Wow—this was a long letter (80 pages or so). But it was made longer by the sheer tediousness of it. So far, this has been the only piece by Wilde I have not enjoyed reading. For one, reading it felt like going through someone’s dirty laundry. In the letter to his ex-lover, Wilde spends most of his words detailing their destructive relationship, and blaming Lord Douglas (“Bosie”) for his downfall by making Wilde a pawn between Lord Douglas and his father, spending his money, sapping his artistic strength, and generally being a lousy person.
It was published only after Wilde’s death, and, in reading it, it seems never to have been intended for an audience. I could see some reason to publish this after his death, as an explanation to a society that did not understand him, and disgraced him in his trials and two years of imprisonment. But why are literature scholars at all interested in this?
The study of this document is where, I feel, historicism goes too far in attempting to understand the artist, not through his/her work, but through his/her life. One could argue that these things are inseparable, particularly in the case of Wilde who arguably made a character of himself, and lived his own aesthetic philosophy. However, I do not feel this is so: in the case of the literature the subject of inquiry is defined and tools for the job are within the capabilities of the literary scholar; but, in the case of the life of the author, the subject of inquiry is slippery, and, for the most part, unreadable, and unknowable with any tools or any artifact, no matter how private. Not that literature has easy answers, of course; but, if I’m obstinate on one point, it is this—the subject of literary study is literature, and studying literature can lead to a deeper understanding of it, while studying a life can only lead to a superficial understanding of a person. We can know Hamlet, his every line as a character, and, in theorizing, we can reach his every thought, but no matter how many lost writings, hair clippings, or hidden shopping lists, we will never know William Shakespeare. If he was our nextdoor neighbor, we could never say that we can read William Shakespeare or any man the way we can read a text and make it our own. Not only is it impossible, it is unethical to have the hubris to think we can (and now I’m thinking of W.H.). But even if we could read William Shakespeare, why would we want to? Let’s be honest, we are interested in Shakespeare for what he wrote, not who he is. And if we are looking for more text in who someone is, I think we will always be disappointed. That’s not actually to say biography has no place in literary criticism (superficial understandings can sometimes help as well), but I would relegate it firmly to the position of one of many tools, and one of the least complete or precise.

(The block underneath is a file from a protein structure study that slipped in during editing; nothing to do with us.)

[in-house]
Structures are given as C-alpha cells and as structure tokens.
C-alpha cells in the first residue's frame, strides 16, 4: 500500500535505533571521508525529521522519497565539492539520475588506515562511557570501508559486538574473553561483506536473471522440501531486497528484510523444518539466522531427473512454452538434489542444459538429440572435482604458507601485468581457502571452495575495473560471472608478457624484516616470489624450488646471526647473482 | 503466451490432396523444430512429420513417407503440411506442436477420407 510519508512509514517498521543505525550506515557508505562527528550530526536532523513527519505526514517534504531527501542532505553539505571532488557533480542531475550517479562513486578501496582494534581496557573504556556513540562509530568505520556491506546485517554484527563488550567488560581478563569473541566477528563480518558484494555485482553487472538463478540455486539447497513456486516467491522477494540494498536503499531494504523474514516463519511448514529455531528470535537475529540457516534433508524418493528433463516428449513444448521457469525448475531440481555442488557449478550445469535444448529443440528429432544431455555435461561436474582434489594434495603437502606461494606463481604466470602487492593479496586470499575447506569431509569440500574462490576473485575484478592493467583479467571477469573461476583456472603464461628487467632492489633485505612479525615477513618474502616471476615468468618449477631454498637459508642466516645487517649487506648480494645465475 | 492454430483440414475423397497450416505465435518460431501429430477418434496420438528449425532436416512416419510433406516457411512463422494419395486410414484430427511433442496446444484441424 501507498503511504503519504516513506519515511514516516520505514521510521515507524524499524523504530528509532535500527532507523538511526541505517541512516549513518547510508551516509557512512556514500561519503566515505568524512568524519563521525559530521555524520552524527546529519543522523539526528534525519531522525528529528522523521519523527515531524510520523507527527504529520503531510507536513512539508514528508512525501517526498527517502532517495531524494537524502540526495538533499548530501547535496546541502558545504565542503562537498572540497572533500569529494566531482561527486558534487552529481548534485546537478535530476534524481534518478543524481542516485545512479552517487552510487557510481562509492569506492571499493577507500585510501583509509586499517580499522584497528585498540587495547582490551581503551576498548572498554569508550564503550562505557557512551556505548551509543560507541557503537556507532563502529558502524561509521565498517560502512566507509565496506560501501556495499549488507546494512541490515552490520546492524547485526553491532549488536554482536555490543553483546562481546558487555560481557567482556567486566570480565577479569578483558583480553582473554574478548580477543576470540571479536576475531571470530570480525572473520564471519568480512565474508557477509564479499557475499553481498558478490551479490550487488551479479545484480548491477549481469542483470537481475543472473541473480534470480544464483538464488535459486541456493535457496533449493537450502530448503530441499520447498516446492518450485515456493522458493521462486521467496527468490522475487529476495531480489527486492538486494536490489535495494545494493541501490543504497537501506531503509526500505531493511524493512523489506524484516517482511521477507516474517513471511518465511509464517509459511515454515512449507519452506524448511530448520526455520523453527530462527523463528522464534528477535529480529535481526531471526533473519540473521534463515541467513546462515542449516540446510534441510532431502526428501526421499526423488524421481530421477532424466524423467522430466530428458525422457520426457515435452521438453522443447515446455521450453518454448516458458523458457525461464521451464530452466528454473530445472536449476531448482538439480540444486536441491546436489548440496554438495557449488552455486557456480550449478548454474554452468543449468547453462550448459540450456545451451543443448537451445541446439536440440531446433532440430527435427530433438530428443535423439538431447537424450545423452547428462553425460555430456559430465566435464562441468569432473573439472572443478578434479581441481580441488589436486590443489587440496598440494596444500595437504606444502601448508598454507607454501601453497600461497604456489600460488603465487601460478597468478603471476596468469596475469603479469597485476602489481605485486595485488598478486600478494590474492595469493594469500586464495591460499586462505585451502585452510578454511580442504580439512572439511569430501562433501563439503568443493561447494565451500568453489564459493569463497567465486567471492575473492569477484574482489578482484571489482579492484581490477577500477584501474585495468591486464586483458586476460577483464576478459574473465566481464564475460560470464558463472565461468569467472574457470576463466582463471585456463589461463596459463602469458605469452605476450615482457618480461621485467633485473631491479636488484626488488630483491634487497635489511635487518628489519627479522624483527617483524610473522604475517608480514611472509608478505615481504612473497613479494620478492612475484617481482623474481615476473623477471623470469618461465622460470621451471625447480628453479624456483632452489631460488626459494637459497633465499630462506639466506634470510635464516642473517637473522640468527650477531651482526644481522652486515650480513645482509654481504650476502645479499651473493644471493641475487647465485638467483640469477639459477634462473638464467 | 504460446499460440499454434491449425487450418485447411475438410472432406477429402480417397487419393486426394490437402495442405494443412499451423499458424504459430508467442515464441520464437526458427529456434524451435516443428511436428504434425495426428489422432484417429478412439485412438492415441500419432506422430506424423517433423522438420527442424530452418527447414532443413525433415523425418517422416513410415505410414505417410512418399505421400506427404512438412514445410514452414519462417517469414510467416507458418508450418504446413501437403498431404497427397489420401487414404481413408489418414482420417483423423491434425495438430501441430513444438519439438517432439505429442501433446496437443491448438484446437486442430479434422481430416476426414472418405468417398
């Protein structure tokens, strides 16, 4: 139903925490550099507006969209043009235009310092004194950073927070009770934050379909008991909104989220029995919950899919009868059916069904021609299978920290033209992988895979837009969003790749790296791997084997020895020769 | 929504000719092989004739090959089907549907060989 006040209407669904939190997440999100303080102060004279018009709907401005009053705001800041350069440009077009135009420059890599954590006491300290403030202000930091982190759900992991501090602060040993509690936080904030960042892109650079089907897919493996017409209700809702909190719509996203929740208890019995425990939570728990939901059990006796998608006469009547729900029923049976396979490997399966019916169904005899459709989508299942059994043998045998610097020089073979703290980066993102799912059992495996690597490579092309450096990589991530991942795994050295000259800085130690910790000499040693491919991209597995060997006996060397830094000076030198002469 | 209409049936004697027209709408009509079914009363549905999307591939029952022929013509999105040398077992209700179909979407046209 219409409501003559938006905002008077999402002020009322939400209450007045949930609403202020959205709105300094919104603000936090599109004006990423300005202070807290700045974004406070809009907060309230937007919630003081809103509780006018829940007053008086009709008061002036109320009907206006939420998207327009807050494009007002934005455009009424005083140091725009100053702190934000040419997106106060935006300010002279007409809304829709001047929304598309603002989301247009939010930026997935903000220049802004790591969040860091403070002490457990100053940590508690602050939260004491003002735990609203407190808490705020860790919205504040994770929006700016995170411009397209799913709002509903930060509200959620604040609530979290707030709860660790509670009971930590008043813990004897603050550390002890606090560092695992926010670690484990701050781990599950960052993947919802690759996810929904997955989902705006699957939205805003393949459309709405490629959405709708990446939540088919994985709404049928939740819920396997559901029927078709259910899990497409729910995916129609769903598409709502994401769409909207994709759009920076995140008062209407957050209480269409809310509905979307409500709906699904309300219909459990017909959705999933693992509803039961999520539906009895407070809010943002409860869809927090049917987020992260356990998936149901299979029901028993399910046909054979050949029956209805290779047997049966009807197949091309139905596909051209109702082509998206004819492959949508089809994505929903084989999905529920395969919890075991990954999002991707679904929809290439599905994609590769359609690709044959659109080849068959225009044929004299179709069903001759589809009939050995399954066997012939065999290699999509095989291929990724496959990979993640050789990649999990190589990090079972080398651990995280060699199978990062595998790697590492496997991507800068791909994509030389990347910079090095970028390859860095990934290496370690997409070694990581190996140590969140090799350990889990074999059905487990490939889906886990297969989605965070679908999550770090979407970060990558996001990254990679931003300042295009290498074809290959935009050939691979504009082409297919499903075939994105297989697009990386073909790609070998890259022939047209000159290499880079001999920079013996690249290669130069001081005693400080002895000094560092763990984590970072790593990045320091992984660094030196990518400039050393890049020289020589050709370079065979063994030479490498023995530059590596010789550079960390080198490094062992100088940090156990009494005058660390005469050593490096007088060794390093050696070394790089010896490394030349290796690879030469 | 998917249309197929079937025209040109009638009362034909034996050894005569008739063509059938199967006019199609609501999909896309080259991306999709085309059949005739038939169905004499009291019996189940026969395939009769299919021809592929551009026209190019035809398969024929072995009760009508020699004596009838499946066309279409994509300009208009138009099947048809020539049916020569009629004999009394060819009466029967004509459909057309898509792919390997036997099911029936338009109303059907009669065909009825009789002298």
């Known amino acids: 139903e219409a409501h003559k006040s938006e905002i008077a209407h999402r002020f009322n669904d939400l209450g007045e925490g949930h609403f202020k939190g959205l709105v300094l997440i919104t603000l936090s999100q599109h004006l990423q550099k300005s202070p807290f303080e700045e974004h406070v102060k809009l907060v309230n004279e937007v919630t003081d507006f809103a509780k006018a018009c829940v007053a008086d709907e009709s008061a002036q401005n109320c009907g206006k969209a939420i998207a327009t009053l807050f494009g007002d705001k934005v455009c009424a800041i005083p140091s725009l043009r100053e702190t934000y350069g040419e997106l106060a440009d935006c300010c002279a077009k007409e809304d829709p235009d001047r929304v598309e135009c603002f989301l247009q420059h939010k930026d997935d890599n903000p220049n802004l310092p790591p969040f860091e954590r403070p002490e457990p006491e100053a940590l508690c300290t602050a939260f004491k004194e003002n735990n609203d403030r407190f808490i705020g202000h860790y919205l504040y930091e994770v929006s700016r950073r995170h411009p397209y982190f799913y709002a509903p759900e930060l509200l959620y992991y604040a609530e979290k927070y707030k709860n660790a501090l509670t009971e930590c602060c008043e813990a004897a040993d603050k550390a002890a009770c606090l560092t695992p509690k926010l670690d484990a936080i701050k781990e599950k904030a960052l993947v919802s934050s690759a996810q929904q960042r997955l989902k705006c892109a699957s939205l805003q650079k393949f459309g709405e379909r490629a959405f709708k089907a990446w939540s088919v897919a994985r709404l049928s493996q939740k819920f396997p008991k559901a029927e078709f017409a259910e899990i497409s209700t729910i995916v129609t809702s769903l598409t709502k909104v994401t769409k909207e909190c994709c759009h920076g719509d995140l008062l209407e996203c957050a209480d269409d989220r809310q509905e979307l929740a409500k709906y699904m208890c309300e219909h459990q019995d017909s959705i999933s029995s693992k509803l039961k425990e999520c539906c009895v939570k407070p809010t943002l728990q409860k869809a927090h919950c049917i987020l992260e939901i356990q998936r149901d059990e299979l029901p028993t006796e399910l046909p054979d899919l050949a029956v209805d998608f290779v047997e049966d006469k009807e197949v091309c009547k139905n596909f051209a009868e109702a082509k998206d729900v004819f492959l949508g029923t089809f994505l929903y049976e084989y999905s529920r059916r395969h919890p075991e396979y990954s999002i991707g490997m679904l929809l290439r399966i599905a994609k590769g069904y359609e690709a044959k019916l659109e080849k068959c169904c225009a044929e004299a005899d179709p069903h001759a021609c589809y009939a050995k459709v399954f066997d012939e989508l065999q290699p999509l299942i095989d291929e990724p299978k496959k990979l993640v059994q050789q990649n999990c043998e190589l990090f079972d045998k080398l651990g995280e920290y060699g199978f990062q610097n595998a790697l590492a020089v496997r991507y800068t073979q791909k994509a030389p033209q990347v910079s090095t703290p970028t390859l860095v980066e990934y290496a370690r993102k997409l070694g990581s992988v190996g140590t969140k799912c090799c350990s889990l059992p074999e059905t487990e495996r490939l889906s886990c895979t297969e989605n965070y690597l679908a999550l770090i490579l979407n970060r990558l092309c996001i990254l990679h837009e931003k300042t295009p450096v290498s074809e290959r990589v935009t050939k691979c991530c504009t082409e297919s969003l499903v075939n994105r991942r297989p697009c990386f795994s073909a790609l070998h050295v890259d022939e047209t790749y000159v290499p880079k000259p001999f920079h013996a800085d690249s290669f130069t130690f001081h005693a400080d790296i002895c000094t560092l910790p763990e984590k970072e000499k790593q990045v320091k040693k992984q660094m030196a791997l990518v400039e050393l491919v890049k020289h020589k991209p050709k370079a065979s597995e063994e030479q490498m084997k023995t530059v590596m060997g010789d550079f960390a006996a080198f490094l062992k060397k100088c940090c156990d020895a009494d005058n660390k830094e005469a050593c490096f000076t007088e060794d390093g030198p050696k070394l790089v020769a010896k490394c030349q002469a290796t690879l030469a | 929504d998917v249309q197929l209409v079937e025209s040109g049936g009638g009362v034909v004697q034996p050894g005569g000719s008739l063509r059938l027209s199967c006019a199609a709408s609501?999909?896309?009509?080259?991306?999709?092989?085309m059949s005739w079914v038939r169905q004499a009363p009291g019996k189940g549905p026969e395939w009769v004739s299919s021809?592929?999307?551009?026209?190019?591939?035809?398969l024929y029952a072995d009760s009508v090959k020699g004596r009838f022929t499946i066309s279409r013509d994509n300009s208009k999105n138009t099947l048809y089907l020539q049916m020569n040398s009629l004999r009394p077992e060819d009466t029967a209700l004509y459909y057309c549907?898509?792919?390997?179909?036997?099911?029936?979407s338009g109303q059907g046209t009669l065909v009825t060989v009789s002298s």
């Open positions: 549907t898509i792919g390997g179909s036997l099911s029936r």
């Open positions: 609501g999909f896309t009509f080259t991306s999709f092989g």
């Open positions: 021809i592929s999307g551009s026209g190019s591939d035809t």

So, I don’t mean to be rude to Wilde here, but I couldn’t care less about who he is, who caused his imprisonment, how much like Christ he thinks he is, if he is right or wrong…ect in relation to his art. He himself says, “Everything about my tragedy has been hideous, mean, repellent, lacking in style” (1040). But, having read De Profundis, I find I do care (though not in relation to his art), and I feel bad for the guy. This is a letter by a broken man, one who is at turns angry with his situation, forgiving, prideful, self-effacing, bitter, and loving, as anyone would be who has been dashed from the precipice of his success and has time and pain in which to reflect.
Sure, there are some good lines: “art only begins where Imitation ends” might be a good one for my studies (1039), but overall, this is a work for psychologists and biographers, not for a greater understanding of Wilde’s work.